A Dynamic Poincaré Principle

  • Manfred Kerber
Conference paper
Part of the Lecture Notes in Computer Science book series (LNCS, volume 4108)


Proofs contain important mathematical knowledge and for mathematical knowledge management it is important to represent them adequately. They can be given at different levels of abstraction and writing a proof is typically a compromise between two extremes. On the one hand it should be in full detail so that it can be checked without using any intelligence, on the other hand it should be concise and informative. Making everything fully explicit is not adequate for most mathematical fields since easy parts do not need any communication. In particular in traditional proofs, computations are typically not made explicit, but a reader is expected to check them for him- or herself. Barendregt formulated a principle, the Poincaré Principle, which allows to separate reasoning and computation. However, should any computation be hidden? Or only easy computations? What is easy? How can we be sure that computations are correct? In this contribution, relevant notions are discussed and a principle is introduced which allows for checkable proofs which give a choice to see on request two different types of argument. The first type of argument states why any computation of this kind is correct. The second type states a (typically lengthy) detailed low-level proof of a trace of the computation.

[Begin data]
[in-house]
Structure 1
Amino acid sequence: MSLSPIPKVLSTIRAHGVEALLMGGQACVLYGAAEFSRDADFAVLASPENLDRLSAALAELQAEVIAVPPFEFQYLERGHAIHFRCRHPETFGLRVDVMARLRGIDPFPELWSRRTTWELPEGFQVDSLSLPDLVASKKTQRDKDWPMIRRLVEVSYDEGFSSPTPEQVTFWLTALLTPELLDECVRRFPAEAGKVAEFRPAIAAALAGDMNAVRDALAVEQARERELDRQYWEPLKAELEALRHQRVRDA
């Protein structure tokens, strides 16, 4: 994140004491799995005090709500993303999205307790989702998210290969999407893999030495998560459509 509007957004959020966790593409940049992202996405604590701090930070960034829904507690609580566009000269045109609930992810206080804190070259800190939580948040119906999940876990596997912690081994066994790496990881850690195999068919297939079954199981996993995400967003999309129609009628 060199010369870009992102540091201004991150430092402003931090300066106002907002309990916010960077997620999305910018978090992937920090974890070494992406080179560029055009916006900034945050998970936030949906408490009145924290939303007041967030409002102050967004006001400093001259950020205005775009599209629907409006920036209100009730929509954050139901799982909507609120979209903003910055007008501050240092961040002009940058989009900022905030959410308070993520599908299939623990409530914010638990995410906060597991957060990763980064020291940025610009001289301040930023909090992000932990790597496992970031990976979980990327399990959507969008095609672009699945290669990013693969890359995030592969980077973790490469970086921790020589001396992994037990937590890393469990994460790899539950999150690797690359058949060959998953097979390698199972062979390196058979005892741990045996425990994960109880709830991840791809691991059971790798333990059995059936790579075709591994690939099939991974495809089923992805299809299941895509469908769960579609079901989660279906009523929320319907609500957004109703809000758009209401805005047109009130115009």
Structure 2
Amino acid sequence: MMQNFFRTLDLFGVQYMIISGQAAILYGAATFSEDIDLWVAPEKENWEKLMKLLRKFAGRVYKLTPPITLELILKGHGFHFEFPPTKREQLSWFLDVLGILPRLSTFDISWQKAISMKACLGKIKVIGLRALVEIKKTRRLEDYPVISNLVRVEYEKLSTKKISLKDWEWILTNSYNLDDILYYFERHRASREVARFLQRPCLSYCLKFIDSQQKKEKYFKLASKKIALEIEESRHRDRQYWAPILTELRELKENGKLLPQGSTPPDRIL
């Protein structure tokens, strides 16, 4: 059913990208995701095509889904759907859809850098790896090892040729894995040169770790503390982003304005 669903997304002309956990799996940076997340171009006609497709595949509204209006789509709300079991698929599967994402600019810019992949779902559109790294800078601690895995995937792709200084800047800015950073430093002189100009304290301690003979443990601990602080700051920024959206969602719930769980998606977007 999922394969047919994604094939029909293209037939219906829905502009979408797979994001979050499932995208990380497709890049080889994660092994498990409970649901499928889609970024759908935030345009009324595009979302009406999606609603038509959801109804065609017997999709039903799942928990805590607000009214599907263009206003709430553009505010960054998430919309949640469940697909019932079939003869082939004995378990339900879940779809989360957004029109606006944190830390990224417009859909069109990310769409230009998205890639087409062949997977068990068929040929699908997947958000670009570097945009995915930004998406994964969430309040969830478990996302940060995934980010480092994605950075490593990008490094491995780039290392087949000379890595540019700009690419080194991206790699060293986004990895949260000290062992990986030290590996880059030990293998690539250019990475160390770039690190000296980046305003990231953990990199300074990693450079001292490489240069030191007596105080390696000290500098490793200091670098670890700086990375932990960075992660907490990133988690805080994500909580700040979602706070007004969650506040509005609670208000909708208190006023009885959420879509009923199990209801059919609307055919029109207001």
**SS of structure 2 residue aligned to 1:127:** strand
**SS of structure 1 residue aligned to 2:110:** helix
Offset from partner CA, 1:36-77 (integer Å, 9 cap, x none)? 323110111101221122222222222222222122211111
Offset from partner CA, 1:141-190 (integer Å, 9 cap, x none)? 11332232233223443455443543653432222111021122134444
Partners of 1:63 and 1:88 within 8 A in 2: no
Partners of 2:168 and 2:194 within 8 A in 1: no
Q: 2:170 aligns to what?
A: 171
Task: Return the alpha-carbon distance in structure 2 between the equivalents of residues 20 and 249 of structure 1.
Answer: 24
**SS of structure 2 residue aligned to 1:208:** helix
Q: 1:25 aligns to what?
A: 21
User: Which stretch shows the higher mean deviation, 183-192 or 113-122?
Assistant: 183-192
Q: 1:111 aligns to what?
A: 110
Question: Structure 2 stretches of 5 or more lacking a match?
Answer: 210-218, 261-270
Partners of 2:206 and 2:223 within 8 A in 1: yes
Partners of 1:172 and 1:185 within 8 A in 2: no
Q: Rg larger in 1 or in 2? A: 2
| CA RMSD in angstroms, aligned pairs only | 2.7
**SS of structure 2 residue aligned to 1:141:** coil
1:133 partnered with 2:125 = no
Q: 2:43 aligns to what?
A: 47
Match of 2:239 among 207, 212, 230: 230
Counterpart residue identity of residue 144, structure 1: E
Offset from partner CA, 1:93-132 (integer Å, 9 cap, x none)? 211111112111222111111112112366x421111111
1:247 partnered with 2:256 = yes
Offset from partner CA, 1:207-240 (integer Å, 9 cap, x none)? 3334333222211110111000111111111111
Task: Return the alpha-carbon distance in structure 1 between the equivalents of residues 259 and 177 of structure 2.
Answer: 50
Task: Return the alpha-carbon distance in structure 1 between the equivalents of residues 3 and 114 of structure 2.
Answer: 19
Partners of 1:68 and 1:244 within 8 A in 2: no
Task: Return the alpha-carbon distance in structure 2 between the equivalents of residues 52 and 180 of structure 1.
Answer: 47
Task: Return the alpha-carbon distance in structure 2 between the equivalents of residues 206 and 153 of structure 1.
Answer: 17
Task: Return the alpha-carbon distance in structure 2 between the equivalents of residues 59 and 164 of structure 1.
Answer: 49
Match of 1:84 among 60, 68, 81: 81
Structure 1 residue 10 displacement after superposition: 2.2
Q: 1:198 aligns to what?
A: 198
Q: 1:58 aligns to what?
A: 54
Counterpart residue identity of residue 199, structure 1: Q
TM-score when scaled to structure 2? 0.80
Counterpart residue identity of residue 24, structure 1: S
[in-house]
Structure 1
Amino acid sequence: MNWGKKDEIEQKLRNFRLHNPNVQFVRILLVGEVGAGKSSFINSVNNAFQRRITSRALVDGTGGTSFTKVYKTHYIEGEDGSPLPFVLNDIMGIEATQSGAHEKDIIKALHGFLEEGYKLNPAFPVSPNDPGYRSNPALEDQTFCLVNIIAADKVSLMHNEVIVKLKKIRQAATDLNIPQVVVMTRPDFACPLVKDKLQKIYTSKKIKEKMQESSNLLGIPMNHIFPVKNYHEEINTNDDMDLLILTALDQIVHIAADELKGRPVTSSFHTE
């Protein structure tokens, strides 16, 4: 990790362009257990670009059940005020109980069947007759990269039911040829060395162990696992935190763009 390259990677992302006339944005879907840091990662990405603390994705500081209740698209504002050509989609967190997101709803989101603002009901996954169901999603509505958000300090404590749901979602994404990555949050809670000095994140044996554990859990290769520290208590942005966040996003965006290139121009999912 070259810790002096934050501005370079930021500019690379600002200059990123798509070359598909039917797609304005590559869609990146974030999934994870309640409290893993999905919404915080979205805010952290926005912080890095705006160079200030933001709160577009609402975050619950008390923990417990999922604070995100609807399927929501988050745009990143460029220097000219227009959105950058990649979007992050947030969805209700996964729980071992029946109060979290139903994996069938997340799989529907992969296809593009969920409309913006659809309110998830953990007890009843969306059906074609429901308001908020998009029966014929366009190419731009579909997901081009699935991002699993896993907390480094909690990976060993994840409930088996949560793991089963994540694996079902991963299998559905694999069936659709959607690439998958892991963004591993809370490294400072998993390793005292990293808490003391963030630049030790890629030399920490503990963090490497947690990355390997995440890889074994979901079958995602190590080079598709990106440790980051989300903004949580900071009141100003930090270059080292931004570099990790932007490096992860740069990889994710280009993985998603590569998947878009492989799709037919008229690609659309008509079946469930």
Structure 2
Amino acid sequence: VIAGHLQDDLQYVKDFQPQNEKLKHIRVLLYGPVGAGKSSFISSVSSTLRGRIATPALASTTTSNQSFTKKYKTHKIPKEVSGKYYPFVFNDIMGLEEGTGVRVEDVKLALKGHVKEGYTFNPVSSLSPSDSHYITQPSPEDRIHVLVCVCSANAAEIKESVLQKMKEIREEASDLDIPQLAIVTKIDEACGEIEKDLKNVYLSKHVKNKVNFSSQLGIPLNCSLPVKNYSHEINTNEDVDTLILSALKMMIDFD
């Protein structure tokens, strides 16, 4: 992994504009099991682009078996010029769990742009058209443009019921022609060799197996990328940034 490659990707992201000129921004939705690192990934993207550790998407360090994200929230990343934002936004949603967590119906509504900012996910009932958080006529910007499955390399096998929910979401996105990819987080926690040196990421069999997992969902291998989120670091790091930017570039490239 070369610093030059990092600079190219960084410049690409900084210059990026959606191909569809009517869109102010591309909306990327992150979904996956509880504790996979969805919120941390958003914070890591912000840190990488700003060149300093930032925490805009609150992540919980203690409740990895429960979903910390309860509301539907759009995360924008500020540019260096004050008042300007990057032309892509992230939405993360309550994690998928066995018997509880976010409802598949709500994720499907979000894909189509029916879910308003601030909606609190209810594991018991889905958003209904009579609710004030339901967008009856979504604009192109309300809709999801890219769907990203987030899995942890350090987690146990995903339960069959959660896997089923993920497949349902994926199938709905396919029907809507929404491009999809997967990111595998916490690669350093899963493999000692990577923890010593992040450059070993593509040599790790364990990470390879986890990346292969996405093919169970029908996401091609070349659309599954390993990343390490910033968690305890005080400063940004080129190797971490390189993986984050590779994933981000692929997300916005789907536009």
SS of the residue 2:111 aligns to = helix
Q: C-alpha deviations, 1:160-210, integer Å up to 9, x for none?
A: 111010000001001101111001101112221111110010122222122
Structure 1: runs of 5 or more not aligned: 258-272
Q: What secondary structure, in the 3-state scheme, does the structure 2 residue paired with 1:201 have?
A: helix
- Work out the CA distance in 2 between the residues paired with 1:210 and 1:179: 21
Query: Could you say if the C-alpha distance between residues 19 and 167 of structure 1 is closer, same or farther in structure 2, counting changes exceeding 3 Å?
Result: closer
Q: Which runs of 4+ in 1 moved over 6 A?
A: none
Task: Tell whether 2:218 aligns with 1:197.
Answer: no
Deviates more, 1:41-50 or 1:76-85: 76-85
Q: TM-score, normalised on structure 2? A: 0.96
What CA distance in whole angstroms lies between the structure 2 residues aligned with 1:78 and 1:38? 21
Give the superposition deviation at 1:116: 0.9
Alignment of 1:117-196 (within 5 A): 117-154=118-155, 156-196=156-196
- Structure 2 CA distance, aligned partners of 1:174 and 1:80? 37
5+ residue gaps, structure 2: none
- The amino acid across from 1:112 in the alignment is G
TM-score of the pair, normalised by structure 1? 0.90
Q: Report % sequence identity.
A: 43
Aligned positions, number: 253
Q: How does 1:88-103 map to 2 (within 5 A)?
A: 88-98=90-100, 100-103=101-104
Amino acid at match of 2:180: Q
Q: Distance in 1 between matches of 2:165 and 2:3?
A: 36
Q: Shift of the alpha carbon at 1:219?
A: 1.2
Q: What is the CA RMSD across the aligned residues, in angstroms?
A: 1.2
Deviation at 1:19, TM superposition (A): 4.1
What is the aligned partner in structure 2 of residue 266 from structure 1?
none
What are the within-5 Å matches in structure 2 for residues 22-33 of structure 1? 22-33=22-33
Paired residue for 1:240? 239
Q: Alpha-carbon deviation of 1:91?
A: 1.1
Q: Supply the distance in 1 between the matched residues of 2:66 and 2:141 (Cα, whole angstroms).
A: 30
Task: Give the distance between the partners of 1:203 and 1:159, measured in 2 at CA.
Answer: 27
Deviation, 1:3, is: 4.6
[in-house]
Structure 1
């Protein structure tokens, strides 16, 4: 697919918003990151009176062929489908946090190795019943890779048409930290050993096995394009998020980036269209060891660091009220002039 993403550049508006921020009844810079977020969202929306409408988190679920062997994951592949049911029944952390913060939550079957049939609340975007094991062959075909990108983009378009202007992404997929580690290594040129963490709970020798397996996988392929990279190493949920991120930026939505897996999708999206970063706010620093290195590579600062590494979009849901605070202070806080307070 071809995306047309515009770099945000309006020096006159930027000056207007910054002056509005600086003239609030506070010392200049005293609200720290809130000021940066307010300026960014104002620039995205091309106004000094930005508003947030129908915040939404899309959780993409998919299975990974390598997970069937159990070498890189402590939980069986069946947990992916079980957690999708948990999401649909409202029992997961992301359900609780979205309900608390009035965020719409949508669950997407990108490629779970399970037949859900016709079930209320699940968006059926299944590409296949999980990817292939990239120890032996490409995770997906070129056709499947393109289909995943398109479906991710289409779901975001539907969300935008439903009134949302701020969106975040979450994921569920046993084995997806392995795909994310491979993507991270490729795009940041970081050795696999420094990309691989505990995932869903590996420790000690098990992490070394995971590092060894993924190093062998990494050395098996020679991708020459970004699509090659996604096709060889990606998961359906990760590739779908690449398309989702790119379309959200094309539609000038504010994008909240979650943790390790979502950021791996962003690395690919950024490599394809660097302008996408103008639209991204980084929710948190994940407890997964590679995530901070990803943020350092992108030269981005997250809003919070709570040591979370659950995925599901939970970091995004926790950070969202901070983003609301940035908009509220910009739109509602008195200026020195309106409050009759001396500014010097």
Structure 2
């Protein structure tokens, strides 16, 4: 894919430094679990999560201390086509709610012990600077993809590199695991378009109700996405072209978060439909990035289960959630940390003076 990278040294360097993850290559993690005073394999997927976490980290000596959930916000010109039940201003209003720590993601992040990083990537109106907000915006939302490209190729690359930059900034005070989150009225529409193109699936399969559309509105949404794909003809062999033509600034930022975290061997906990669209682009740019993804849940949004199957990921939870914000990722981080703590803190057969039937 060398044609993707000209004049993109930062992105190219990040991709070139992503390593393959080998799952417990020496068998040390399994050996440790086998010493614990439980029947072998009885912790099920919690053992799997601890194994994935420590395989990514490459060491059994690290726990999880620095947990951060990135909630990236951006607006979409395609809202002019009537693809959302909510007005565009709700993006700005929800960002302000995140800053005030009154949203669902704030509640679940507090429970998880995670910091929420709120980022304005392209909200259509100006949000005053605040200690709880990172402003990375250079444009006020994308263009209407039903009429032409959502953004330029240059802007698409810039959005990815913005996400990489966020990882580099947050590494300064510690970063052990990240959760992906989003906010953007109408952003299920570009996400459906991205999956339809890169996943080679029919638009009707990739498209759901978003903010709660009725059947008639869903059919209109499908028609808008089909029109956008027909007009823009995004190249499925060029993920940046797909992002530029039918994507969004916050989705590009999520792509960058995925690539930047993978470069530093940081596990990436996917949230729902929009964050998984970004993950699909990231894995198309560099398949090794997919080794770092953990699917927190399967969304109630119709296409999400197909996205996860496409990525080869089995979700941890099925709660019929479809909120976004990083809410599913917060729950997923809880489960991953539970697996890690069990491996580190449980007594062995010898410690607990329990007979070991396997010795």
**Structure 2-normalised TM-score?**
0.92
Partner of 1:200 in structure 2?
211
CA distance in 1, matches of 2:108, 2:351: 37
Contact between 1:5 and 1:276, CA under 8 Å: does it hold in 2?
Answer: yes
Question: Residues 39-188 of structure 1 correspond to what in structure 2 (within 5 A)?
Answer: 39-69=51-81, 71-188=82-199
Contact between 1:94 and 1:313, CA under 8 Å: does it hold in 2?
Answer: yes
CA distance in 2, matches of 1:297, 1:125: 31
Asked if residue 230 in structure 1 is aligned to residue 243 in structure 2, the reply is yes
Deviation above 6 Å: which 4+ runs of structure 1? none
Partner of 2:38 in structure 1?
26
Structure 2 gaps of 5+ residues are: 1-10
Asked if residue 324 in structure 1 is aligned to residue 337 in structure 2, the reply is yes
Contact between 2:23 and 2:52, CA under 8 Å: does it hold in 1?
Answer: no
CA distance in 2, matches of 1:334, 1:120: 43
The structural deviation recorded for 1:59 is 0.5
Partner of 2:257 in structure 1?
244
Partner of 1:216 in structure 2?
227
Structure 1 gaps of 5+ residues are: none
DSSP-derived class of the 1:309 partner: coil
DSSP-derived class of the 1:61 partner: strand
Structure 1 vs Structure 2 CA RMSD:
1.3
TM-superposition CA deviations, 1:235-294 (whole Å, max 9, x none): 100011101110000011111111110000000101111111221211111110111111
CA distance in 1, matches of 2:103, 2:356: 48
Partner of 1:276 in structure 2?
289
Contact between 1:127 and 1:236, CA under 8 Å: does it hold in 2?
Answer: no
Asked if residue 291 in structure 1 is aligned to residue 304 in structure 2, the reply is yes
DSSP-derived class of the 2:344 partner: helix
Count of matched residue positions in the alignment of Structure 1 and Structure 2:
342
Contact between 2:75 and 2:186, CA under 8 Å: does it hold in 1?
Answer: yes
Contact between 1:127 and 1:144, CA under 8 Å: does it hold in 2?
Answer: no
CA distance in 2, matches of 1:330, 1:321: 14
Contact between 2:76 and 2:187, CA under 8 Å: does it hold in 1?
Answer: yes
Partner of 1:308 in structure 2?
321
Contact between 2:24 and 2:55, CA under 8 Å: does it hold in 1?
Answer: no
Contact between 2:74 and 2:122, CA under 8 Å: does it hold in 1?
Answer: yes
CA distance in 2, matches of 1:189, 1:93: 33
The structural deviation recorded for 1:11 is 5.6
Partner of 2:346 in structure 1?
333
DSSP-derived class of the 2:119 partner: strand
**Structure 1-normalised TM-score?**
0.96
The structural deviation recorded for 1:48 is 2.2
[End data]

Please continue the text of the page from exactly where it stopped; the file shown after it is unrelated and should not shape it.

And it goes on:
Computable Function Computer Algebra System Correctness Proof Proof Assistant Concrete Computation 


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Copyright information

© Springer-Verlag Berlin Heidelberg 2006

Authors and Affiliations

  • Manfred Kerber
    • 1
  1. 1.School of Computer ScienceThe University of BirminghamEngland

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